I'm reading a novel that was published in 1892. It's a good one, written by Robert Louis Stevenson and Lloyd Osbourne – The Wrecker. And I came across a word I barely knew.
It's not used today in conversation. It doesn't come trippingly off the tongue. It wasn't even in the dictionary I most always use each day. But, according to Webster's New World Dictionary, it means "something carried about by a person for constant use."
The only remembrance I have of the word was a Swedish mouthwash with that name that I liked in the 1950s. Five drops on your tongue and your sore throat was gone.
That's like a lot of things today. They barely exist. Smith Brothers Cough Drops, for example. My father liked them. Bitter drops that tasted like medicine. I always liked the ones that tasted like candy.
In the 1940s and even the '50s, women dressed carefully for going to the market. Long, white gloves, pleated dresses, matching shoes, a touch of lipstick, pinched cheeks. You had to look just right to buy peanut butter and pears.
We don't have the butter and egg stores anymore. They were small outfits devoted to fresh eggs, butter in tubs, wheels of cheese and, my favorite kid thing, peanut butter. They would take it from a barrel and spoon it into paper cups, smack a paper lid on it, put it in a brown paper bag, and, on the way home, the oil would wet the bag. I loved it.
We don't have the Tucker anymore. When I was in my teens, the Tucker automobile was introduced with the famous triple headlights, two regular headlights in their proper places, and a headlight-searchlight right in the middle. Our local tax service had one and grandly put the light on the front door for tipsy customers to find their way.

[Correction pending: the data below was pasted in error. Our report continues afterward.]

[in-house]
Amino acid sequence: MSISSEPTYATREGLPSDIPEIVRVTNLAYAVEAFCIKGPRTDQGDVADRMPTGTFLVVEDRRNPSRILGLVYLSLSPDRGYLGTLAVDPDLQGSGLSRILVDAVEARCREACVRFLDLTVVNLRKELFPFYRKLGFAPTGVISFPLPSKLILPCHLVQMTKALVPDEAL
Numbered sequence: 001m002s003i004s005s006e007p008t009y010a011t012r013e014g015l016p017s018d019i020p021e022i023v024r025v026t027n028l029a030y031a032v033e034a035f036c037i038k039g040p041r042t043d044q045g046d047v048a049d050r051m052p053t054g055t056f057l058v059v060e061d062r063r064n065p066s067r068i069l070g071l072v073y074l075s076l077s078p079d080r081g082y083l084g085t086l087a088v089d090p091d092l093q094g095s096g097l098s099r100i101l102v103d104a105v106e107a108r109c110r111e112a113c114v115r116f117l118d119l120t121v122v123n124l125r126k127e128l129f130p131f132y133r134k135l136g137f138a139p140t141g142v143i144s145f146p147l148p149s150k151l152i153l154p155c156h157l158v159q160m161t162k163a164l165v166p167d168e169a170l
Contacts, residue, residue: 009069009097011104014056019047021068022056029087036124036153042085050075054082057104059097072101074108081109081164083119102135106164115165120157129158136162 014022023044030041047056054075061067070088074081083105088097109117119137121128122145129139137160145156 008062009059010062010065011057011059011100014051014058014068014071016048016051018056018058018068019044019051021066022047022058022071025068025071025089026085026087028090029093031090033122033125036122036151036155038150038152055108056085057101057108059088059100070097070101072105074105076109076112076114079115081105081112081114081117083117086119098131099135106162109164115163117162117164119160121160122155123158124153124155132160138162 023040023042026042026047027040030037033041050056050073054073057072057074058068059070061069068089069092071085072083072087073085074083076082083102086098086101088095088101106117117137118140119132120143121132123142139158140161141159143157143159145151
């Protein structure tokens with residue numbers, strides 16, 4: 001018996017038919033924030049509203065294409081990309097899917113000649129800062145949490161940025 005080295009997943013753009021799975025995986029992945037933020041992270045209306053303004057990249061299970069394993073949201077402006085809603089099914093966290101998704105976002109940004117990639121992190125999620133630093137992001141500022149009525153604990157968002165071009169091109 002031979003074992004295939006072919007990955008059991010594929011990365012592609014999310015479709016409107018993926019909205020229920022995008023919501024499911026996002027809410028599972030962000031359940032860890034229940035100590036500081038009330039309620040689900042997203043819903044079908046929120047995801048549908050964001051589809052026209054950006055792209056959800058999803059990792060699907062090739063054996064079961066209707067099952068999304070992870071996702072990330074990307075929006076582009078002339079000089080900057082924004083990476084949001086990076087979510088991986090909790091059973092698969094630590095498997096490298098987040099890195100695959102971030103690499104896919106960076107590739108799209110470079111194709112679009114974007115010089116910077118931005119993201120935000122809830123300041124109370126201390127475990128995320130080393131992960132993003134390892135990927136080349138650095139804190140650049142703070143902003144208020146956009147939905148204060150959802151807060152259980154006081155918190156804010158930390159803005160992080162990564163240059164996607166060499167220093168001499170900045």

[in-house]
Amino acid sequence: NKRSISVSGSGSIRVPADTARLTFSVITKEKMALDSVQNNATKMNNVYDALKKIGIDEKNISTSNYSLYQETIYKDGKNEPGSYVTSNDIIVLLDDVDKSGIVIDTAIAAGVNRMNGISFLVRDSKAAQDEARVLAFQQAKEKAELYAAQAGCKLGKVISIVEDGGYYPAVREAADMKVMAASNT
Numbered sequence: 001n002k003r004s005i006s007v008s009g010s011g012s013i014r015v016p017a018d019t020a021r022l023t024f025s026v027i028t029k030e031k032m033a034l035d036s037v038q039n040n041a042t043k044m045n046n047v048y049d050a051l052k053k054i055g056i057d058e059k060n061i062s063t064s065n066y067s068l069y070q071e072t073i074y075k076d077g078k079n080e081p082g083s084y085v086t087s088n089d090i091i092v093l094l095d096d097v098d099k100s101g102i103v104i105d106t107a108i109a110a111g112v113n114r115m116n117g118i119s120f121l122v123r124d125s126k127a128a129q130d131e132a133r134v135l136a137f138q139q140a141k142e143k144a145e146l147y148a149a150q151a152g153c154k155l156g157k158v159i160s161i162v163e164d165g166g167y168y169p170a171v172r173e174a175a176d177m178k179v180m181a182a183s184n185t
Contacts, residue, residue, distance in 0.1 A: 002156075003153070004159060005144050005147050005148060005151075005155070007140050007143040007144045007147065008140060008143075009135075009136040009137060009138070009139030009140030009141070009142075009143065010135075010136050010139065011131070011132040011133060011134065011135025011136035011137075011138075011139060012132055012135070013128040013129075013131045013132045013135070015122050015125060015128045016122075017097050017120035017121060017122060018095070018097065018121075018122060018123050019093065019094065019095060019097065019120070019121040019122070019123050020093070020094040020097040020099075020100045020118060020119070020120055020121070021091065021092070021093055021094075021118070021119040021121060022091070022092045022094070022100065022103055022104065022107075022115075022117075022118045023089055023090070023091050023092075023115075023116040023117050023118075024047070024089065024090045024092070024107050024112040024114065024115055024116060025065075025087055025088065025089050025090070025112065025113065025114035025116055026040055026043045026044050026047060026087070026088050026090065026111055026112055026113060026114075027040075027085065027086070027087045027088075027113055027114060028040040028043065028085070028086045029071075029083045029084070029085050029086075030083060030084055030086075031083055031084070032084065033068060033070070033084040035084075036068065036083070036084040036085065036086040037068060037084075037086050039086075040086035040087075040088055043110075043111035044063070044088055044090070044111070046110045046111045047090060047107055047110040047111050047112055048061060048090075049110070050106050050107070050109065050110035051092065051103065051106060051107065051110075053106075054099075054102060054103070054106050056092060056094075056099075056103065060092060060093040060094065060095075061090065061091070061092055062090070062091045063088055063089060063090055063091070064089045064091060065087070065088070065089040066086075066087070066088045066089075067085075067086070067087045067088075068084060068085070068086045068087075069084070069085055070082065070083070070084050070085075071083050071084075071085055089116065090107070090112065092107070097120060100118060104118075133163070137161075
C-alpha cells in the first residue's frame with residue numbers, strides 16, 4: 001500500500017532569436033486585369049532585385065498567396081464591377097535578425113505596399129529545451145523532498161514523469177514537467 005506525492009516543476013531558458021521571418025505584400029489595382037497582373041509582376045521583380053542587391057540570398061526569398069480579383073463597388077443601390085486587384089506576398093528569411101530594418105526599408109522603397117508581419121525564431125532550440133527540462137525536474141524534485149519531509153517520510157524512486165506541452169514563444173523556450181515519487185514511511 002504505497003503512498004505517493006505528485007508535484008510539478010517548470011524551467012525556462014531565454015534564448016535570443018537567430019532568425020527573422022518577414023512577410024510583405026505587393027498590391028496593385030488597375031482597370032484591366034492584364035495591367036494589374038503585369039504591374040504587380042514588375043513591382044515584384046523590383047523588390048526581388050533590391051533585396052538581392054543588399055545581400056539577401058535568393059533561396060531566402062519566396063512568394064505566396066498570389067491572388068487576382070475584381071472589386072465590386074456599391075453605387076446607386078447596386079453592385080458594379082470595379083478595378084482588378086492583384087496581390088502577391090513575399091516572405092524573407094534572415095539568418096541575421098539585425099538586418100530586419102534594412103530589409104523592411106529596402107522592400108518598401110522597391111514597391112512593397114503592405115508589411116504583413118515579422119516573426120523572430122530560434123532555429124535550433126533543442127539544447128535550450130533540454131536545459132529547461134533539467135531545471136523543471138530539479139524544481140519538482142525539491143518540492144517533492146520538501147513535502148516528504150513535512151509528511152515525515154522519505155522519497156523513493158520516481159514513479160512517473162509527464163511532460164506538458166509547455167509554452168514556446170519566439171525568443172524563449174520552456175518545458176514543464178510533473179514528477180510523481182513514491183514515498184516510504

Some people might be familiar with the car because of director Francis Ford Coppola. The story of the Tucker and the car company's founder, Preston Tucker, was told in Coppola's 1988 movie Tucker: The Man and His Dream.
Another memorable car was the Hudson. It was "the car you step down into" and marked the end of running boards. Rumble seats rumble no more.
The lady in the bank with the pen and ink and the green visor is no more. Machinery has replaced her. Banks that give away toasters are now strictly from the past. Today, banks give away debit cards and then fine you for using them.
The past has been replaced by the present and it's not necessarily better. Handwritten notes have been replaced by tweets. Phone calls have been replaced by e-mails. If not for junk mail, most of us would get no mail at all.
In the old days, people used to retire. Now they retire and then go back to work.
Years ago, women who made a living typing in an office were called "type-writers" and Royal typing machines came complete with glass sides. I had one of them. Today, if you use a typewriter, as I do, you're considered hopeless and crotchety. So be it.
Yes, nobody uses the word ''vademecum'' today. And only novelists use the word ''verisimilitude.'' That means the appearance of being true or real. That would make a good category on Jeopardy! – "Words beginning with V that nobody uses anymore."
I think I need a strong cup of Postum.
Yes, they still make it.
Jim Aylward lives in west Pasco.